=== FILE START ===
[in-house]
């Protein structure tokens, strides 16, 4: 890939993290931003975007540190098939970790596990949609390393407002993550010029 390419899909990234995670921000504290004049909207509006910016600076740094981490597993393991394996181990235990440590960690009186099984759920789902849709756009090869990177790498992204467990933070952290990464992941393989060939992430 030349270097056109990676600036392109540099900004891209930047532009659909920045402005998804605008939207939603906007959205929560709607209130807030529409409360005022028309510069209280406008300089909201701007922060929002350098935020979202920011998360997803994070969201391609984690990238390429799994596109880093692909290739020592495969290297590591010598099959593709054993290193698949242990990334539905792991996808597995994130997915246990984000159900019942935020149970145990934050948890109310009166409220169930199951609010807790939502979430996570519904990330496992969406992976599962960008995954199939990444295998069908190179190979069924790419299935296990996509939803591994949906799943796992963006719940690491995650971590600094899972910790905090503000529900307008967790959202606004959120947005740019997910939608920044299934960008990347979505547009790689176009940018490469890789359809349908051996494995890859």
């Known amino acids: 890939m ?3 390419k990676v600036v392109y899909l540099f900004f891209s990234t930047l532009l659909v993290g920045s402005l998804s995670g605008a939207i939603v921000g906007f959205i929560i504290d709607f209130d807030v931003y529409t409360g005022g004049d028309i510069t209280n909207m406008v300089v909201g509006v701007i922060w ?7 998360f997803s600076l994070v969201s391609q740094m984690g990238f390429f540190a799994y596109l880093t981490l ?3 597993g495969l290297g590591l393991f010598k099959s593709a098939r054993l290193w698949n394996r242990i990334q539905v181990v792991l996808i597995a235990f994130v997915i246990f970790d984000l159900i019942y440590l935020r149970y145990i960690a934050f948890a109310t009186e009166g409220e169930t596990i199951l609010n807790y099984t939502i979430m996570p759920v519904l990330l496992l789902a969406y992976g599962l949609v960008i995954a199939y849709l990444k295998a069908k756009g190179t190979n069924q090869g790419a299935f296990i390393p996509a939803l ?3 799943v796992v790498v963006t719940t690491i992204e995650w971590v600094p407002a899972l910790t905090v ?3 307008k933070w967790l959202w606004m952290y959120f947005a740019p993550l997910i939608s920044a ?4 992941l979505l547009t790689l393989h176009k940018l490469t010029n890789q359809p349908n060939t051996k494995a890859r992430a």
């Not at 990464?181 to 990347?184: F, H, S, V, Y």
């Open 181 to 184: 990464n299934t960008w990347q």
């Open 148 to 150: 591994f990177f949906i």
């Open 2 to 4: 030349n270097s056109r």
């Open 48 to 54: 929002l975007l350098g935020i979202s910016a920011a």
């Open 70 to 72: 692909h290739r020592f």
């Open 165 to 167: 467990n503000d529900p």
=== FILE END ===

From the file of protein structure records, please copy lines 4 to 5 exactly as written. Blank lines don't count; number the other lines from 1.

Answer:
């Not at 990464?181 to 990347?184: F, H, S, V, Y």
């Open 181 to 184: 990464n299934t960008w990347q």